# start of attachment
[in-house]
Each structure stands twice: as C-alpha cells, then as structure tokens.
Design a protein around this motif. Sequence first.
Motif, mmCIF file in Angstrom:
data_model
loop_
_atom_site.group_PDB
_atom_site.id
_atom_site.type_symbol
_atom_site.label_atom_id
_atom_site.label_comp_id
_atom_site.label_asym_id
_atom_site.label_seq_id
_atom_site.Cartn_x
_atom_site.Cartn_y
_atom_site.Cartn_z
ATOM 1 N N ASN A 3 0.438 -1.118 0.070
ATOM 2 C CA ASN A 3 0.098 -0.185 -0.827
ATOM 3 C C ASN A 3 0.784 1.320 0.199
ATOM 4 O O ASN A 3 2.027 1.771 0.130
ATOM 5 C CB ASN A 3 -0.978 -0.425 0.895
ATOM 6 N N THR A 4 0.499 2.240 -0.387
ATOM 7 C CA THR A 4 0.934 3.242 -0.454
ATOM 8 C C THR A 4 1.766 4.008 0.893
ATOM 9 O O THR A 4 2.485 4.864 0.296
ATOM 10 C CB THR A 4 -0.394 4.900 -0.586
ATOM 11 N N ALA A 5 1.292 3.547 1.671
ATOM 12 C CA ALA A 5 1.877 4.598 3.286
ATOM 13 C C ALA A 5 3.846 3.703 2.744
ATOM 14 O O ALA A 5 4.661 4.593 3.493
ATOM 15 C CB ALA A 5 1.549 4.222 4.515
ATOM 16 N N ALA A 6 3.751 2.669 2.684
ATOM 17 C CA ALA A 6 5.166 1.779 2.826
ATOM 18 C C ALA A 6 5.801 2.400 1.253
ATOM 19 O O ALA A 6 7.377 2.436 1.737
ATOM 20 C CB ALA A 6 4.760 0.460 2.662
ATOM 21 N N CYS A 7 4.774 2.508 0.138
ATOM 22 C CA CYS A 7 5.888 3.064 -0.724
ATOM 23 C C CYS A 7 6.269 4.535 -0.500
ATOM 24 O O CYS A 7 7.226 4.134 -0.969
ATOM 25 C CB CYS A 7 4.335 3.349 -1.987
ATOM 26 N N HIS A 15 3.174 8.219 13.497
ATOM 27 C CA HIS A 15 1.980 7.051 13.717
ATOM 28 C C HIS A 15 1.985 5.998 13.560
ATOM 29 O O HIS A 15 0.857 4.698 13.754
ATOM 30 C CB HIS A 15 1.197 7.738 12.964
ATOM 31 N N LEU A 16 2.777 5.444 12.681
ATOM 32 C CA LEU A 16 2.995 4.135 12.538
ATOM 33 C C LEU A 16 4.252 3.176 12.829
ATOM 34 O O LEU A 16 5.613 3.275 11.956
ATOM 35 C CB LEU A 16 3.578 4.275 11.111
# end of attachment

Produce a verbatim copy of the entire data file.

[in-house]
Each structure stands twice: as C-alpha cells, then as structure tokens.
Design a protein around this motif. Sequence first.
Motif, mmCIF file in Angstrom:
data_model
loop_
_atom_site.group_PDB
_atom_site.id
_atom_site.type_symbol
_atom_site.label_atom_id
_atom_site.label_comp_id
_atom_site.label_asym_id
_atom_site.label_seq_id
_atom_site.Cartn_x
_atom_site.Cartn_y
_atom_site.Cartn_z
ATOM 1 N N ASN A 3 0.438 -1.118 0.070
ATOM 2 C CA ASN A 3 0.098 -0.185 -0.827
ATOM 3 C C ASN A 3 0.784 1.320 0.199
ATOM 4 O O ASN A 3 2.027 1.771 0.130
ATOM 5 C CB ASN A 3 -0.978 -0.425 0.895
ATOM 6 N N THR A 4 0.499 2.240 -0.387
ATOM 7 C CA THR A 4 0.934 3.242 -0.454
ATOM 8 C C THR A 4 1.766 4.008 0.893
ATOM 9 O O THR A 4 2.485 4.864 0.296
ATOM 10 C CB THR A 4 -0.394 4.900 -0.586
ATOM 11 N N ALA A 5 1.292 3.547 1.671
ATOM 12 C CA ALA A 5 1.877 4.598 3.286
ATOM 13 C C ALA A 5 3.846 3.703 2.744
ATOM 14 O O ALA A 5 4.661 4.593 3.493
ATOM 15 C CB ALA A 5 1.549 4.222 4.515
ATOM 16 N N ALA A 6 3.751 2.669 2.684
ATOM 17 C CA ALA A 6 5.166 1.779 2.826
ATOM 18 C C ALA A 6 5.801 2.400 1.253
ATOM 19 O O ALA A 6 7.377 2.436 1.737
ATOM 20 C CB ALA A 6 4.760 0.460 2.662
ATOM 21 N N CYS A 7 4.774 2.508 0.138
ATOM 22 C CA CYS A 7 5.888 3.064 -0.724
ATOM 23 C C CYS A 7 6.269 4.535 -0.500
ATOM 24 O O CYS A 7 7.226 4.134 -0.969
ATOM 25 C CB CYS A 7 4.335 3.349 -1.987
ATOM 26 N N HIS A 15 3.174 8.219 13.497
ATOM 27 C CA HIS A 15 1.980 7.051 13.717
ATOM 28 C C HIS A 15 1.985 5.998 13.560
ATOM 29 O O HIS A 15 0.857 4.698 13.754
ATOM 30 C CB HIS A 15 1.197 7.738 12.964
ATOM 31 N N LEU A 16 2.777 5.444 12.681
ATOM 32 C CA LEU A 16 2.995 4.135 12.538
ATOM 33 C C LEU A 16 4.252 3.176 12.829
ATOM 34 O O LEU A 16 5.613 3.275 11.956
ATOM 35 C CB LEU A 16 3.578 4.275 11.111